In a bid to increase its capacity, the company is expanding its sewerage plant. This will result in increased flow to sewerage plants within the city. This will guarantee an increase in the volume of recycled water; hence sustainably substitute the use of consumption water for other purposes.

Also commissioned is an additional reservoir to increase its water holding capacity, hence ensure sustainable services to its subscribers. This is in line with their objective of 100% efficiency and sustainable exploitation of water as a resource (Western Water, 2009, p 72).

Corporate Social Responsibility

Ensuring sustainability is an area of interest to Western water. They have worked hand in hand with several state governments and local communities towards environmental conservation. Community based organizations have also been roped in on several occasions. Some notable projects include research on wind energy, tree planting among others.

Its main area of societal enhancement supported by this organization is education. The company has invested in school programs for small children, where they are taught the importance of water conservation. The children participate in awareness programs, recreational activities, charity ventures and art to promote the concept of conservation (Western Water, 2009, p 74).

Assortments of awards for students are issued to children to reward milestones they record. This is meant to motivate the under achievers to strive in subsequent sessions. In addition to publications availed at regular intervals, outstanding students are rewarded with scholarship programs.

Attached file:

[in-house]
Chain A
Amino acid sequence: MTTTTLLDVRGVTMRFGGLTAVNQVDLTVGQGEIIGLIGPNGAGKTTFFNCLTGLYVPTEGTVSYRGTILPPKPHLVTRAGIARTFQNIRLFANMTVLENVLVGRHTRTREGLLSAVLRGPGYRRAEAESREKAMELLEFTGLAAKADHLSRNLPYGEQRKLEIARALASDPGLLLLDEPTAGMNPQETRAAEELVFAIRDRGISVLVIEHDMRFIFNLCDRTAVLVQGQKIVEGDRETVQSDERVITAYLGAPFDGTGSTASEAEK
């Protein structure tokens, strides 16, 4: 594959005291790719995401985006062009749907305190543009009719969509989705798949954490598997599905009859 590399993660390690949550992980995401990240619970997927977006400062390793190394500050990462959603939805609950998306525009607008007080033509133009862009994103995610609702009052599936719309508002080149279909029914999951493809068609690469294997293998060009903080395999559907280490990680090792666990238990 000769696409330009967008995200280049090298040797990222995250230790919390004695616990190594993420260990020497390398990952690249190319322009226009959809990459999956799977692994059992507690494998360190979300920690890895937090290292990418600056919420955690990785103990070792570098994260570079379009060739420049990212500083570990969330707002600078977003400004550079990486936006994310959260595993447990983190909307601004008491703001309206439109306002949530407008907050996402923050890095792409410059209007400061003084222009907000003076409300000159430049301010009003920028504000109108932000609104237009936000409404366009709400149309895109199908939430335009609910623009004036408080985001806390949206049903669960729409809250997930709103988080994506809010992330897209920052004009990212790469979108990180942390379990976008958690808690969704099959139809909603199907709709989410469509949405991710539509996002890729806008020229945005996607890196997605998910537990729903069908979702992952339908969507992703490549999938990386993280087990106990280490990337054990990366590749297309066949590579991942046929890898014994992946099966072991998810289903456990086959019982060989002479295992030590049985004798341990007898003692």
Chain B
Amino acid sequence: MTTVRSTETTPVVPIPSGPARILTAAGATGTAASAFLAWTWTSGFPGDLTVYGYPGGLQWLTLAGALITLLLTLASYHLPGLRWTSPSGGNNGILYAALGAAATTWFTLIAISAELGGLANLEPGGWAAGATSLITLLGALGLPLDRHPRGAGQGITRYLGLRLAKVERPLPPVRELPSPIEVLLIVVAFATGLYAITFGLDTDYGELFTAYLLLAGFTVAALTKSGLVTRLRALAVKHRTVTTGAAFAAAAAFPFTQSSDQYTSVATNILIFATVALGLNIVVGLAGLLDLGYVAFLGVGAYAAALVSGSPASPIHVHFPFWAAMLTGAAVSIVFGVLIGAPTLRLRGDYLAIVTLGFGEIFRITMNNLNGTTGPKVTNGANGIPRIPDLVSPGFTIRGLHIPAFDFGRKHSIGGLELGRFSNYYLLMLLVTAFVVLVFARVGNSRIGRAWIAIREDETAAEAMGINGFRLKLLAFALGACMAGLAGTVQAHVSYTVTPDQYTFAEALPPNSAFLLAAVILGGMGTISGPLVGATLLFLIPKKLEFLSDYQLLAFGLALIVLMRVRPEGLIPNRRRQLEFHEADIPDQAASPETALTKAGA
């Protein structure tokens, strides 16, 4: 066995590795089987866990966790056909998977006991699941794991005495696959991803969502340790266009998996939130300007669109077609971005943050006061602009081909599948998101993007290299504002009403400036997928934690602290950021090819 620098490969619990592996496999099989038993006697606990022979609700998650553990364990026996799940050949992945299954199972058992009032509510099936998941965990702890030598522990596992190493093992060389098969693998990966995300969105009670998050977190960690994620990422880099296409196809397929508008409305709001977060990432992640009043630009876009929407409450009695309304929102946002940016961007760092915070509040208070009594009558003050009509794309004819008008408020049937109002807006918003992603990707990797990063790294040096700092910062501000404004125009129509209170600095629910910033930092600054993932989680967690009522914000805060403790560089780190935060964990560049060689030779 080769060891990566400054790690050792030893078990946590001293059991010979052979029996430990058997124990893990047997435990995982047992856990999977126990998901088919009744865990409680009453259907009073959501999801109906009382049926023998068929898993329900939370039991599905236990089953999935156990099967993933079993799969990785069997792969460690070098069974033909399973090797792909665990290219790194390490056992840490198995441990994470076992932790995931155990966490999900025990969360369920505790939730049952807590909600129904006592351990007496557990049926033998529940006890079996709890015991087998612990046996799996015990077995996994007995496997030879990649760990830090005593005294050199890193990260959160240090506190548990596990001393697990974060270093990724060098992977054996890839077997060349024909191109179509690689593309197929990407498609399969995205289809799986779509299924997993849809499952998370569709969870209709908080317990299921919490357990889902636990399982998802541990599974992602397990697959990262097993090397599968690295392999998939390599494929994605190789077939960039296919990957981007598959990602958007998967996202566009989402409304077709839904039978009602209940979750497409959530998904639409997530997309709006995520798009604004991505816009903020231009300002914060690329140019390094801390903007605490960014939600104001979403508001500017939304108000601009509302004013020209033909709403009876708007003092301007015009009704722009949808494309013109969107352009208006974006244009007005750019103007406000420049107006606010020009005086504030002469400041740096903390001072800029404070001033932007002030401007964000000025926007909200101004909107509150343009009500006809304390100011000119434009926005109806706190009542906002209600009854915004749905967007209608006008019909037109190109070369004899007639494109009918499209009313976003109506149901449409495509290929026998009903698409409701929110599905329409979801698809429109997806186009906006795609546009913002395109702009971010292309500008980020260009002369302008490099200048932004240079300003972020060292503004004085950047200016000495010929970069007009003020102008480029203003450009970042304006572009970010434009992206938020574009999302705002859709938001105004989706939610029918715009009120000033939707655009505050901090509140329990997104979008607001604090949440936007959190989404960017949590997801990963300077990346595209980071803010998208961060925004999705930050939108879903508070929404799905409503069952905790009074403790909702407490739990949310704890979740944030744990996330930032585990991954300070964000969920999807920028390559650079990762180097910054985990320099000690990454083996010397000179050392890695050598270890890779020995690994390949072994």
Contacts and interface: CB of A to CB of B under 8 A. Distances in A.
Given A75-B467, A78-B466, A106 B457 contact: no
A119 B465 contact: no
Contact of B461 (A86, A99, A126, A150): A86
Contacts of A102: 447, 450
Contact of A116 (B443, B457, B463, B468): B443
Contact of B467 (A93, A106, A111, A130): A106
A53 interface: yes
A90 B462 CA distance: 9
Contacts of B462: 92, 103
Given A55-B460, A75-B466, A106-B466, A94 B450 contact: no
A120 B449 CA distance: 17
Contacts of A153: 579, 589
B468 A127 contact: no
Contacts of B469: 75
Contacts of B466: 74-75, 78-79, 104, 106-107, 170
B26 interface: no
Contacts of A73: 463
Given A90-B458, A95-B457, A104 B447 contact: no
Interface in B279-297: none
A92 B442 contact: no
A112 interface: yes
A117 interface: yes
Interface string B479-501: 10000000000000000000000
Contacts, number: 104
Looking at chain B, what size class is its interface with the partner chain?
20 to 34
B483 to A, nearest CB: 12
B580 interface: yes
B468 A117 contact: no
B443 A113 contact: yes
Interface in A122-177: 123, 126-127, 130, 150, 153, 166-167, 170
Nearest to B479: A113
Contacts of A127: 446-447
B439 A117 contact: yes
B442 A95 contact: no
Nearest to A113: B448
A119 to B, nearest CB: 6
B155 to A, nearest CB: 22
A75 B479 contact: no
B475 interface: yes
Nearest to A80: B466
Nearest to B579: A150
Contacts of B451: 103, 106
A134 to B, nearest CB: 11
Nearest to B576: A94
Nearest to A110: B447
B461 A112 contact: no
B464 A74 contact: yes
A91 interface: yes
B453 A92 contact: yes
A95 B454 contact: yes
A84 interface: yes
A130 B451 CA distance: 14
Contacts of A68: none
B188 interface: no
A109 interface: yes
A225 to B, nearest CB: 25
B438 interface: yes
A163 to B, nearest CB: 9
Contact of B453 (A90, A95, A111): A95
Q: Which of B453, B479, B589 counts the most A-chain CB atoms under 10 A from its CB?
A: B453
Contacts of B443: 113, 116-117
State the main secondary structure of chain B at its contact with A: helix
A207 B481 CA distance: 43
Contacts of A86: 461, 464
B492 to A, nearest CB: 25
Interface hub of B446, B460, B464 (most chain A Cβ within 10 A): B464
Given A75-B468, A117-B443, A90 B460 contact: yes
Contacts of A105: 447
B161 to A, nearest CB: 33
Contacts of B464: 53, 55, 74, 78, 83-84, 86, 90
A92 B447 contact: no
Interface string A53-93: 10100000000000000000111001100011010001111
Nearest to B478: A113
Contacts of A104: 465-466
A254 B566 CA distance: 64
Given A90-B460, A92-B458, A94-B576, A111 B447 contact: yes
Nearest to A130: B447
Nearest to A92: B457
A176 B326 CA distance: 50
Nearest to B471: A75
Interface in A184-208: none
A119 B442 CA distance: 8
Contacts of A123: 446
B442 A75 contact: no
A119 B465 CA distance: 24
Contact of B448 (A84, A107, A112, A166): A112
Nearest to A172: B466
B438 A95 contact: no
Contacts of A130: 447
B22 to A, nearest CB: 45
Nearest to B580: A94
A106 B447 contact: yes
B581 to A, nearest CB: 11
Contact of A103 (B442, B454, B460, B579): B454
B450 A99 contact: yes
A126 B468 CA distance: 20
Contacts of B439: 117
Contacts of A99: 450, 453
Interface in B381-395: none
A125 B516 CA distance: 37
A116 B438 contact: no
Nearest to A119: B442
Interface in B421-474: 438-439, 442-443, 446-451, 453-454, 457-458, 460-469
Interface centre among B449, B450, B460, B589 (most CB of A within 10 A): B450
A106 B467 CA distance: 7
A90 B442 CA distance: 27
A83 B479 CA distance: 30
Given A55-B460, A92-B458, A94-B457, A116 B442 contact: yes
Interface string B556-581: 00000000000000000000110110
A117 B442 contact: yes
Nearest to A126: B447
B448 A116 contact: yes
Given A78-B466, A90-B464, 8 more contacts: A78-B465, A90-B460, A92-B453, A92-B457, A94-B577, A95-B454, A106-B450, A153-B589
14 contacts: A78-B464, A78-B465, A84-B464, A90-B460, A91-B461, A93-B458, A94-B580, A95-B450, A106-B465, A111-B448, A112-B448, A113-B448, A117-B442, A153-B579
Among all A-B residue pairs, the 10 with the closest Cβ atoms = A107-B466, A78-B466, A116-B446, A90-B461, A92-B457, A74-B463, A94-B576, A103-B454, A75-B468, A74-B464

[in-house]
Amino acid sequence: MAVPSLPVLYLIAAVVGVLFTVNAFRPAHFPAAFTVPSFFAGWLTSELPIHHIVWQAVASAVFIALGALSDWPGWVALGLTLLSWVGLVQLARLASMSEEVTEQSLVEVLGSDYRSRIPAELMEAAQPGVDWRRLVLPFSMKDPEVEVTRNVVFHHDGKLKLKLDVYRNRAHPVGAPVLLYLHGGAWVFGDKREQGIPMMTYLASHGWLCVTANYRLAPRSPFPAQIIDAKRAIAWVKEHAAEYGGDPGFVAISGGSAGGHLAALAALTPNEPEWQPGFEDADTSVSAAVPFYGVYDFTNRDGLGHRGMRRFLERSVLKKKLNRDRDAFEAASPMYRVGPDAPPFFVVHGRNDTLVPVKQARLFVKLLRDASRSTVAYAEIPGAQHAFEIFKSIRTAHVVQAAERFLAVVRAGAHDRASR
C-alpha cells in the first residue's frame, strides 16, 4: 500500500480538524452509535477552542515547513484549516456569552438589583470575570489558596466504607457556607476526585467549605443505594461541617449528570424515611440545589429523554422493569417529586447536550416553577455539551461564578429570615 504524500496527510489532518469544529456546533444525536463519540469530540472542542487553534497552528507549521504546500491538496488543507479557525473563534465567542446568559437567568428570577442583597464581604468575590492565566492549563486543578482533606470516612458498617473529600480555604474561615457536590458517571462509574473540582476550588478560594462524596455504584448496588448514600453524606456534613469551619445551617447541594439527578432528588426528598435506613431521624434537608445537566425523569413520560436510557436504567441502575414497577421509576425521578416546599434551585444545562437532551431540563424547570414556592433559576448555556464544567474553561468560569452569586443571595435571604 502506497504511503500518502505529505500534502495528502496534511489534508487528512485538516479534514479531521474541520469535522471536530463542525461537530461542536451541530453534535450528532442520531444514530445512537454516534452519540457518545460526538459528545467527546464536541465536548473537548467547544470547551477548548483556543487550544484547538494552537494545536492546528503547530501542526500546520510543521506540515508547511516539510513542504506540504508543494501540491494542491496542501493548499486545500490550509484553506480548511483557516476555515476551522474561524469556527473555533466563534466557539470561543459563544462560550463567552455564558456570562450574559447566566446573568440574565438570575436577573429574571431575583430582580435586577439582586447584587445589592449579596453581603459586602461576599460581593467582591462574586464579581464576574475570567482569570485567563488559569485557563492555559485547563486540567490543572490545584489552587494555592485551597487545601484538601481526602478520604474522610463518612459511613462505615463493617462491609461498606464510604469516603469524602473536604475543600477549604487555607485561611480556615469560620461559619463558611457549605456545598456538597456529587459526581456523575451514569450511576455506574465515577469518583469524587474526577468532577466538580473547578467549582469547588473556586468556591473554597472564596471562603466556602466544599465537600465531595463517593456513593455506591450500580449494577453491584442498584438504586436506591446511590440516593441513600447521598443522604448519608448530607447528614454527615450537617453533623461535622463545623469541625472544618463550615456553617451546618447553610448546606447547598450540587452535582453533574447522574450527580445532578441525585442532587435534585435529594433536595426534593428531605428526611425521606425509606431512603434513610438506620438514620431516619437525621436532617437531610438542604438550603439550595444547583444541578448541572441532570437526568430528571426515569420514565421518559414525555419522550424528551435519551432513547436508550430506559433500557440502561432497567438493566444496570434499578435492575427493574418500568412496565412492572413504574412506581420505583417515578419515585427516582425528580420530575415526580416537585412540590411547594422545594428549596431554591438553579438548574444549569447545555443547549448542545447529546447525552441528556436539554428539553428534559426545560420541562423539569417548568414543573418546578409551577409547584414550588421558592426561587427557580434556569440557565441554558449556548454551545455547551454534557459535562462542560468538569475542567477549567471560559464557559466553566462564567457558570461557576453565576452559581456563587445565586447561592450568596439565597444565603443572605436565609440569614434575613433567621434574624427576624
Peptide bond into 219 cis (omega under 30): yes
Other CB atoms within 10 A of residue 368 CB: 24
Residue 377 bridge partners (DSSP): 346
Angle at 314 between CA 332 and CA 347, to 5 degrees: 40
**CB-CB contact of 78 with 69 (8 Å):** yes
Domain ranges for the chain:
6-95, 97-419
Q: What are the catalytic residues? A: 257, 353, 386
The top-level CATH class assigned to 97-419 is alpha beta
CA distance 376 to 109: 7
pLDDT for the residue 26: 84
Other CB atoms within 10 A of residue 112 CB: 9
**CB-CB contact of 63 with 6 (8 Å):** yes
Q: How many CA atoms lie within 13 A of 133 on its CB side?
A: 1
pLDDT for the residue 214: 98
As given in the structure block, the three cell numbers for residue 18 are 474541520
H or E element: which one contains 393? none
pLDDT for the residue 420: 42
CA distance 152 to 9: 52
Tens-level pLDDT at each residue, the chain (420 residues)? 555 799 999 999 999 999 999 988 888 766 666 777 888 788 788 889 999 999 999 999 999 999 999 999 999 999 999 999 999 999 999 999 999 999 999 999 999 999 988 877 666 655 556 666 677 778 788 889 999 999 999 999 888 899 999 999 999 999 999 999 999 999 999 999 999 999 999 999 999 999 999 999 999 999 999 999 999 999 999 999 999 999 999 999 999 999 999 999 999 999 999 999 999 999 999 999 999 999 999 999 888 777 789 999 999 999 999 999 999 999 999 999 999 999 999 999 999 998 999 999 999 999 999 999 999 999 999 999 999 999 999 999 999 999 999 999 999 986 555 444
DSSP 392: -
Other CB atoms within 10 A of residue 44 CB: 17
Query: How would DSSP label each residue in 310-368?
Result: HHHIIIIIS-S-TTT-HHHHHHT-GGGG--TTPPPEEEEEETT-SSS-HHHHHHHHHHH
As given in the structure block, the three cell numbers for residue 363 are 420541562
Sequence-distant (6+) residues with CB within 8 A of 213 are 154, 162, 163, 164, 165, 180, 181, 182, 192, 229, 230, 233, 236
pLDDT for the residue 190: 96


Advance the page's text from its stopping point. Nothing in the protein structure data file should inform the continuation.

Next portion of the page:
The company is among the sponsors of the water week idol competition. School children are also taken to tours of water treatment plants at different stages of their elementary school years. This way, they are cultured to appreciate the importance of the procedures in the sites. It encourages creativity, since most of them adopt ideas for use in subsequent competitions (Western Water, 2010).

Customer Responsiveness and Quality

Great improvements have been reported in this sector since the implementation of recommendations from previous audit reports. Response to emergency calls is faster and better coordinated.

Delayed or defaulted accounts are handled with more consideration, with scrutiny performed before initiating legal action. There has been a reduction in both the planned and unplanned interruption of water supply. Reports of leaking sewer pipes have also reduced drastically (Western Water, 2010).

This is the aftermath of careful planning and continued maintenance of company assets. Annual evaluations are performed on the asset value, with servicing and repair initiatives done at specified intervals. This has been enabled by the use of closed circuit cameras and foot foaming methods for surveillance (Western Water, 2009, p 17).

List of References

Traianou, C N. D, Reliability Improvement for the New Millennium, Western Australia’s Water Corporation, P 1-3

Western Water, 2009, Western Water Annual Report 2008/09, State Government of Victoria, Western Region Water Corporation (Western Water), P 3, 14, 17, 72, 74

Western Water, N, D, Water Plan 2008-2013 (as per ESC Final Determination), Western Water, P 13

Western Water 2010, Western Water, Western Water viewed on 8th September 2010 from www.westernwater.com.au